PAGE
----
Dogs don’t have any idea that plants are expensive and precious—they just clod-hop around wreaking havoc willy-nilly. Fence garden plots. Plant in pots. Place temporary barriers around young and vulnerable plants. Plant dog-deterrent plants. Section off an area for potted plants and raise the pots. Thank you to Paul Mundwell, the owner of Green Millenium Landscapes, a Gold Coast landscaping and gardening company, for his valuable input into this article. A qualified horticulturist with a strong horticultural family heritage and more than 20 years in the business, Paul has a vast knowledge of garden care and landscape solutions. Visit: or phone Paul on 0422 193 262.

the experts

media 12 years industry experience! Call now to arrange a consultation & for added convenience we’ll come to you!

Phone 0431 114 977 ‘It’s a job for a Fidget’

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kitty litter we test five popular brands

Rating system: the more paw marks, the better the product rated in each test. Paper Crystals Breeder’s Litta-Beads Choice

Bentonite Generic Brands

Cost Odour Control Absorbency Tracking Lasting Power Our trial assumed that solids are scooped as soon as possible and wet litter portions are removed at least daily.


Clumping Lavender Litter

Wood-based Oz-Pet

Perhaps the one drawback to owning a cat is dealing with kitty litter. It is a tiresome chore, but it is a fact of life that we have to put up with if we want to share our lives with these delightful, fastidiouslyclean creatures. The main objective when you have kitty litter trays inside is for visitors not to be aware of them. The last thing you want is for a guest to walk through the front door and say, ‘Oh, you have cats’, because the smell alerted them! To avoid the dreaded, unmistakable cat pee pong, it is essential that litter trays are kept as clean as possible, which will also ensure

we test that the household felines do patronise them. It is also extremely important to choose the right litter for your cat and for your nose! There is a confusingly extensive range of kitty litters available at pet shops and supermarkets—many of them variations of one another. Therefore, to simplify the job of choosing the right litter to suit both you and your kitty, we have tested a variety of litters on some discerning felines. We have used the same type of tray for each litter and consulted a variety of purebred, crossbred and domestic pusses to find how different litter materials performed in terms of odour reduction, tracking, absorbency and lasting power.

All litters chosen are the top sellers in their categories according to our survey of major pet stores. Tracking outside the tray by cat paws was tested with the trays sitting on white tiles so that any litter tracked was easily seen. Be aware that the larger the paws the more litter will be tracked! Our team of feline volunteers featured a range of paw sizes from tiny to very large. It should be noted that Oz-Pet litter is ideally used with its purpose-built double tray, which sifts wet litter into the base, leaving dry litter in the top section, virtually eliminating any tracking.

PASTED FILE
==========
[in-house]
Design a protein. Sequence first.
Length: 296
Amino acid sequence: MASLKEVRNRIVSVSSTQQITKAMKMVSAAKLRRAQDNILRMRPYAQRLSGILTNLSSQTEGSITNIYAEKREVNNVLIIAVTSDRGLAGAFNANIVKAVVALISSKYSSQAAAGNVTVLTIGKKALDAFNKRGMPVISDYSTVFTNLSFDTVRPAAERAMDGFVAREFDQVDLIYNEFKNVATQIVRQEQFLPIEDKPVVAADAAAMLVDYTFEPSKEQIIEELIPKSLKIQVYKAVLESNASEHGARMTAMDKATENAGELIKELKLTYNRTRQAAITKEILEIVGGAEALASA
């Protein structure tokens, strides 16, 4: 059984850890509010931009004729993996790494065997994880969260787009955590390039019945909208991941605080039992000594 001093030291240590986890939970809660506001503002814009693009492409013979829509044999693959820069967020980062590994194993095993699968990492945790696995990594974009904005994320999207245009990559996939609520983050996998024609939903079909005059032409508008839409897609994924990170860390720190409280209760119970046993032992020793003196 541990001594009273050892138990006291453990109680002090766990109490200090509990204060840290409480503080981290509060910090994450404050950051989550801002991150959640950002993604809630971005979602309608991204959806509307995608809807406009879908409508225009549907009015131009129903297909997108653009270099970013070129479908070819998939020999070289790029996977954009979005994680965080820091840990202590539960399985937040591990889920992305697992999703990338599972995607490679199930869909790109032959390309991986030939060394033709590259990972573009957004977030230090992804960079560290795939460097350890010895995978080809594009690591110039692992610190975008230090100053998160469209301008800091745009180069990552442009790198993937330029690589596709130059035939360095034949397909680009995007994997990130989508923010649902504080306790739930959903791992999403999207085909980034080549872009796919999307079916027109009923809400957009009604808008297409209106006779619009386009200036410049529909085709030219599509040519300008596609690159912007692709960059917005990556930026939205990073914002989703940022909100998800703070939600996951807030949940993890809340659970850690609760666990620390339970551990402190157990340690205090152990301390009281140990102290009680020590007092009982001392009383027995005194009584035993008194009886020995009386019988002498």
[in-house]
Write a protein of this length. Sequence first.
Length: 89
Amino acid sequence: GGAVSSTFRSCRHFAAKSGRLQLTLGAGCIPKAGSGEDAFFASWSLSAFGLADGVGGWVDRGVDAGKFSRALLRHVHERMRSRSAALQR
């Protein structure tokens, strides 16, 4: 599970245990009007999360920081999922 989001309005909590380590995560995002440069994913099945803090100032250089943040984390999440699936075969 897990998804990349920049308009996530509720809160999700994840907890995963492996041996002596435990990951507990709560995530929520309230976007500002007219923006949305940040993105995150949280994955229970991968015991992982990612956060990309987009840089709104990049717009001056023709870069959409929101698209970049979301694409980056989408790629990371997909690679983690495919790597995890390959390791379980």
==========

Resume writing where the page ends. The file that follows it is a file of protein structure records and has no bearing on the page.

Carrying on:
best al l-r ounder

The Coles-brand variety is relatively heavy, not great on odour control or overly absorbent, but it is a great choice for people on a strict budget because it is so cheap. For people who like a fresh start to each morning with a completely clean litter tray, Breeder’s Choice is wonderful, especially as only a light scattering over the tray base is needed, improving its affordability. If you don’t like to bother scooping anything but solids, Litta-Beads will be ideal, whereas, if you want a litter that lasts almost as long, but you don’t mind scooping, Lavender Litter is perfect. Oz-Pet is an all-rounder: regular scooping sees it lasting very well and remaining odour-free.


the experts


the experts



xury ‘I’ll take the lu suite thanks!’

pet care

Planning is the key to happy holidays for your pets

So you’re going on holiday? Words: Kirsty-Lee Workman Holidays are meant to be a time of fun and togetherness for the whole family, but what happens to the family pet when you all go out of town? You might think that spring is a little too early to start thinking about the Christmas holidays, but the reality is that, if you’re a pet owner and you’re planning a trip away this Christmas holiday season, now is the time you need to begin planning. Many businesses are already taking bookings and, with places filling up fast, responsible pet owners should begin researching pet care options well in advance of their holidays to have as many options as possible. While being away from your beloved pet can be stressful for both of you, luckily, there are more choices than ever for quality holiday pet care and with a little planning and preparation you’ll be able to find an option that is perfect for your pet. There are traditional kennels and catteries as well the more recent option of private pet sitters. Pet sitters offer a more individualised pet care service, either in their own home or in the home of the pet. This can be a great option for pets that don’t adapt well to being away from their family or to being around other pets.